# Calculation of concentration at equilibrium for extraction

The equation for equilibrium of solvent-solvent extraction is: $$\ce{PhOH(toluene) <=> PhOH (aq)}$$ An aqueous solution contain $$\pu{1.5 \times 10^{-2} M}$$ phenol and is shaken with the same volume of toluene. Determine the equilibrium concentration of $$\ce{PhOH(toluene)}$$. $$K_\mathrm{D} = 14$$

I have done lots of similar questions and each time I think I've gotten the method of how to do these types of questions it seems like the method doesn't apply anymore. In this question, I am really confused because I initially solved it and got the right answer. But when taking a closer look, I noticed that my calculations were wrong, and did it again in the correct way (or at least what I think is the correct way), but I got the wrong answer.

My attempt at solving the problem

Given that the aqueous solution had the concentration $$1.5 \times 10^{-2}$$, I made the following table, where $$n_a$$ is what I want to calculate.

$$\begin{array}{c|c|c|} & \text{PhOH(toluene} & ⇌ & \text{PhOH (aq)} \\ \hline \text{t=0} & - & &\ \pu{1.5 \times 10^{-2} M}\\ \hline \text{n equilibrium} & n_a & &n_0-n_a \\ \hline \text{c equilibrium} & \frac{n_a}{V} & & \frac{n_0-n_a}{V} \end{array}$$

My question is, when writing the formula for $$K_\mathrm{D}$$, is the organic phase always in the numerator? and the aqueous phase in the denominator? Meaning that if my reaction is written as above, do I still have the organic phase divided by the aqueous phase or do I follow the rule of products over reactants. If I follow the rule of products over reactants, I get the correct answer, but if I take org/aq which is the formula our professor refers to, then I get the wrong answer.

Which way is the correct way to solve a problem like this? All help is truly appreciated!

• Why not to just take $$\frac{c}{c_0-c}=K_\mathrm{D}$$ ? – Poutnik Feb 18 at 17:36

## 1 Answer

I'd like first to answer your question:

My question is, when writing the formula for $$K_\mathrm{D}$$, is the organic phase always in the numerator and the aqueous phase in the denominator?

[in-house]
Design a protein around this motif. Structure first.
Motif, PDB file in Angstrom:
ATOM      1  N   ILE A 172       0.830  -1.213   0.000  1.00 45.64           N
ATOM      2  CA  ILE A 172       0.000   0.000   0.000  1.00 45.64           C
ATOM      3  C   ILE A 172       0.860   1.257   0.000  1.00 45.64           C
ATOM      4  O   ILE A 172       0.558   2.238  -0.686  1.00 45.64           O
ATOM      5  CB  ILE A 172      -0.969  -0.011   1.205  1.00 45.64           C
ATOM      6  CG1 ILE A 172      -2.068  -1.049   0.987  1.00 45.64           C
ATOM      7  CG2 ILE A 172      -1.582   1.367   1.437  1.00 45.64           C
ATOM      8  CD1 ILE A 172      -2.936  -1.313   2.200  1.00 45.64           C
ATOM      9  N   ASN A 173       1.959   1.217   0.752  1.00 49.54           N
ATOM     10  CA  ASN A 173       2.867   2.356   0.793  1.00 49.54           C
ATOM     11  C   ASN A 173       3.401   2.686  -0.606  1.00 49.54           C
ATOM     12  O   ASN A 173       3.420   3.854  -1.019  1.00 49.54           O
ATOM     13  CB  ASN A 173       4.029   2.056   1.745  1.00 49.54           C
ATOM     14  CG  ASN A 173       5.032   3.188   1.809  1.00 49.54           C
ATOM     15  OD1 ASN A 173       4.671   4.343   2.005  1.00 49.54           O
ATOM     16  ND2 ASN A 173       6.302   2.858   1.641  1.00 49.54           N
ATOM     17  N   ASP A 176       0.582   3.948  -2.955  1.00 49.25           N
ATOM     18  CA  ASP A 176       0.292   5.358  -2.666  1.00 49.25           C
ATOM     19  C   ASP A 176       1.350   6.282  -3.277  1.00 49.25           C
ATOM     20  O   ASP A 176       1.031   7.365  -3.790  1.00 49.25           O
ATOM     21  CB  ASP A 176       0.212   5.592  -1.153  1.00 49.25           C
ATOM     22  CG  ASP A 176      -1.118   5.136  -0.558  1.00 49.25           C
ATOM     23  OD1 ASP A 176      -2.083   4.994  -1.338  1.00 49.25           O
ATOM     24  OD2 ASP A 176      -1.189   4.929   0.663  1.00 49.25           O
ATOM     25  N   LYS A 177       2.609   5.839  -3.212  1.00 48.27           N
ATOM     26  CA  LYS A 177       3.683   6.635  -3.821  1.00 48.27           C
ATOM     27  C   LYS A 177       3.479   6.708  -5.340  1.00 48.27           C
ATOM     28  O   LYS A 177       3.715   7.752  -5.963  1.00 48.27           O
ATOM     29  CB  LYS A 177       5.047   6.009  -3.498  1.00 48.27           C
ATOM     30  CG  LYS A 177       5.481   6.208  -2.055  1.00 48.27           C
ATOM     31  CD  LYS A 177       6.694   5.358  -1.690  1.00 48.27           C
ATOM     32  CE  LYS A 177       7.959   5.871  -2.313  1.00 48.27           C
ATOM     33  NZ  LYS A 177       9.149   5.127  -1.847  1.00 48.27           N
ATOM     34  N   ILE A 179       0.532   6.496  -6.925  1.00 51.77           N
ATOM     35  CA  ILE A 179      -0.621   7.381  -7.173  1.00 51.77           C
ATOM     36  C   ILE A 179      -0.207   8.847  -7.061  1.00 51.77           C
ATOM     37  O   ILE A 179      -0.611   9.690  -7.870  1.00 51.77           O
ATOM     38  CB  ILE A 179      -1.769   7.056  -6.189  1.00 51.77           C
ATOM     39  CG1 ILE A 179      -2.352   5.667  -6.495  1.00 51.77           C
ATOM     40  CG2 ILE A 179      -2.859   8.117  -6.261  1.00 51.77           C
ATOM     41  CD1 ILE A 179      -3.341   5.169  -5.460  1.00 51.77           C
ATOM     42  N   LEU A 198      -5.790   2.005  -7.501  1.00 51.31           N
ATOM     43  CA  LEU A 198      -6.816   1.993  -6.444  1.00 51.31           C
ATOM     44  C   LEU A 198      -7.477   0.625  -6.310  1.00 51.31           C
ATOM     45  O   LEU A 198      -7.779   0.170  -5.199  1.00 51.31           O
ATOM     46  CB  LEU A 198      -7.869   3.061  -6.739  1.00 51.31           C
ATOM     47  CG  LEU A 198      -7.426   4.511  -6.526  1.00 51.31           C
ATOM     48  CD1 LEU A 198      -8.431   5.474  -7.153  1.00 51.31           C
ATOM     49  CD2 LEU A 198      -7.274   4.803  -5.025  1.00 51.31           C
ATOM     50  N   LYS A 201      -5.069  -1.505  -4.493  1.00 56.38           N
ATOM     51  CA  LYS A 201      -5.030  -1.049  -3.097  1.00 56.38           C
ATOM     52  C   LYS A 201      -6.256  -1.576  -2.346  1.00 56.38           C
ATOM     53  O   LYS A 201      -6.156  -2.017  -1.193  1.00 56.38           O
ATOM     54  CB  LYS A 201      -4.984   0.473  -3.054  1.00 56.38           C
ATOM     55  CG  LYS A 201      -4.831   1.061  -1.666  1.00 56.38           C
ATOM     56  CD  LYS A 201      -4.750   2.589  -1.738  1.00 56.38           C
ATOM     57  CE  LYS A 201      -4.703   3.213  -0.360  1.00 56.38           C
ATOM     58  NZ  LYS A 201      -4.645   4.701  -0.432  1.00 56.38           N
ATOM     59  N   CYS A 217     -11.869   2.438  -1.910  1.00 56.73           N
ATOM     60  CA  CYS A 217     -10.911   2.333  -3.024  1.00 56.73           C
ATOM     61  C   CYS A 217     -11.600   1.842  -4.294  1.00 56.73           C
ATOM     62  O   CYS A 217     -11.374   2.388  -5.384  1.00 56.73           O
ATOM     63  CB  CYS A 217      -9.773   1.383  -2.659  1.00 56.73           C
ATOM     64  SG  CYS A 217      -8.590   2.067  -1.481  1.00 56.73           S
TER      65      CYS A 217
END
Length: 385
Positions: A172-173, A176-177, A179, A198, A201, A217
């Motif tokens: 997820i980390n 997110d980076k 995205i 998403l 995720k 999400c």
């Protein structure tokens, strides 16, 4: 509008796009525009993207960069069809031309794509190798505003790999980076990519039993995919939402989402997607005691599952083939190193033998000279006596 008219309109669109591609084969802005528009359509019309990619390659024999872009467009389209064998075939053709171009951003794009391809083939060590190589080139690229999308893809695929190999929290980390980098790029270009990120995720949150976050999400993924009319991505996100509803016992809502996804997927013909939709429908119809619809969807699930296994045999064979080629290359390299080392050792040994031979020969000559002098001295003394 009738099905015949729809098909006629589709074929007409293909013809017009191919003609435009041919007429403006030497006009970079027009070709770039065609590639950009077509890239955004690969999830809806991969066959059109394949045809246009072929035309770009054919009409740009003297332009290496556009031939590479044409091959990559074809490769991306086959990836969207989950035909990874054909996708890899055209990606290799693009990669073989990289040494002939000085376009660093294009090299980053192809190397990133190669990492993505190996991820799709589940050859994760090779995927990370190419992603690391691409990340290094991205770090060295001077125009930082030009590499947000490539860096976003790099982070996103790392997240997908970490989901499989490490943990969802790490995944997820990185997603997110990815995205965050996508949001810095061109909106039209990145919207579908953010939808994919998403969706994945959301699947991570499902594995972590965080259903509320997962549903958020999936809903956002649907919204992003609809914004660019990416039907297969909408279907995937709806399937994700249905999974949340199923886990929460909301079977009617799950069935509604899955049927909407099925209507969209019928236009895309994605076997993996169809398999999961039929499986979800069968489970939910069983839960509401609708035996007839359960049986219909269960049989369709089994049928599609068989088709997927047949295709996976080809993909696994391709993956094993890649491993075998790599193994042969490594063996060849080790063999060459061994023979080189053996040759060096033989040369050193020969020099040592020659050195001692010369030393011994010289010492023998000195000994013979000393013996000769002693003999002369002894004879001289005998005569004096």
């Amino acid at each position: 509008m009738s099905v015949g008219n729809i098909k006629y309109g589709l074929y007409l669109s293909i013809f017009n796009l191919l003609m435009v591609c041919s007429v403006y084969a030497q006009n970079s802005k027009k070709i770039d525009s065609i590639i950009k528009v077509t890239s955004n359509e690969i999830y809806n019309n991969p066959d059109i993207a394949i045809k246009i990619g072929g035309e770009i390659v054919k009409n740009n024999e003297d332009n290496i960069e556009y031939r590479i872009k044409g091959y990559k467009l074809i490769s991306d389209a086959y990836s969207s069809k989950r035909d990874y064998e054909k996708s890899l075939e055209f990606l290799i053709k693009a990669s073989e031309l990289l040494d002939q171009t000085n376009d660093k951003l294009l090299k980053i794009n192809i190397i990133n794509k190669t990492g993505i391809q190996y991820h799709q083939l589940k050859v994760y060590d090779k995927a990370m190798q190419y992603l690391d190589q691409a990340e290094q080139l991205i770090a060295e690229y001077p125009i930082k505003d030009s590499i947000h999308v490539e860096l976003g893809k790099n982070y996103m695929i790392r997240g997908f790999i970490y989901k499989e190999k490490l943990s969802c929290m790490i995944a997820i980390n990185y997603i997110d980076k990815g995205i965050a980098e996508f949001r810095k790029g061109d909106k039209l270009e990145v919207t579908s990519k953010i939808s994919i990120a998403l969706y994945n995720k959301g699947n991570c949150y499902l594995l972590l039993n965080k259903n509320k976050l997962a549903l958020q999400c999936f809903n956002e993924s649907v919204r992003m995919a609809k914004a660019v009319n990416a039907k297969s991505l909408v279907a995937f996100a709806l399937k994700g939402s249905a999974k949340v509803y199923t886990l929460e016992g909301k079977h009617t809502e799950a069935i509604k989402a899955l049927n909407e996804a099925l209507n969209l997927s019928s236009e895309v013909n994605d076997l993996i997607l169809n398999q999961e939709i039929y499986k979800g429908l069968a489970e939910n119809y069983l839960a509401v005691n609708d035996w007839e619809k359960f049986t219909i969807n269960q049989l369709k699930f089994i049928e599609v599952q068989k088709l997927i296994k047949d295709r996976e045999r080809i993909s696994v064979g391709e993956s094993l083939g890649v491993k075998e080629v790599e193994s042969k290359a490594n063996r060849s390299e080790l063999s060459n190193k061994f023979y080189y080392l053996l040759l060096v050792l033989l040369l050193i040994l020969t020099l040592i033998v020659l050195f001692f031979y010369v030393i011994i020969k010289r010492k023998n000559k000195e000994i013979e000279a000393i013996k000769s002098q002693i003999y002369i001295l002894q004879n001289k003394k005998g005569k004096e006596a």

The answer is yes. The IUPAC Recommendations 1993 (Ref.1) defines Partition Ratio ($$K_\mathrm{D}$$) as follows (also see the Goldbook):

Partition Ratio ($$K_\mathrm{D}$$): The ratio of the concentration of a substance in a single definite form, $$\mathrm{A}$$, in the extract to its concentration in the same form in the other phase at equilibrium, e.g. for an aqueous/organic system. $$(K_\mathrm{D})_\mathrm{A} = \frac{[\mathrm{A}]_\mathrm{org}}{[\mathrm{A}]_\mathrm{aq}}$$

Thus, if you have used equal volumes of organic and aqueous phases, the equation you can set up to solve is:

$$(K_\mathrm{D})_\mathrm{A} = \frac{[\mathrm{A}]_\mathrm{org}}{[\mathrm{A}]_\mathrm{aq}}= \frac{[\mathrm{PhOH}]_\mathrm{org,eq}}{[\mathrm{PhOH}]_\mathrm{aq, initial}-\mathrm{PhOH}]_\mathrm{org,eq}} \\ =\frac{[\mathrm{PhOH}]_\mathrm{org,eq}}{\pu{1.5 \times 10^{-2} M}-[\mathrm{PhOH}]_\mathrm{org,eq}}= 14 \tag{1}$$

When you solve the equation $$(1)$$ for $$[\mathrm{PhOH}]_\mathrm{org,eq}$$, you get your answer:

$$[\mathrm{PhOH}]_\mathrm{org,eq} =\frac{\pu{1.5 \times 10^{-2} M} \times 14}{15}= \pu{1.4 \times 10^{-2} M}$$

Hence, $$[\mathrm{PhOH}]_\mathrm{aq,eq} = \pu{1.5 \times 10^{-2} M} - \pu{1.4 \times 10^{-2} M} = \pu{1.0 \times 10^{-3} M}$$

Note: If you perform extraction in different volumes of aqueous and organic phases, you should read this Wikipedia article to get help for solution.

References:

1. N. M. Rice, H. M. N. H. Irving, M. A. Leonard, "Nomenclature for liquid-liquid distribution (solvent extraction) (IUPAC Recommendations 1993)," Pure & App. Chem. 1993, 65(11), 2373-2396 (DOI: https://doi.org/10.1351/pac199365112373).
• But I want to calculate $[PhOH]_{toluene,eq}$ which is why I am confused. Because $1 *10^{-3}$ is the correct answer but I get that answer when solving for the aqueous phase and not the organic phase.. – confused Feb 19 at 12:00
• That "correct answer" answer is incorrect, according to definition of $K_\mathrm{D}$, which is 14, indicating $\ce{PhOH}$ is more organic like. You should consult your teacher about it. – Mathew Mahindaratne Feb 19 at 16:06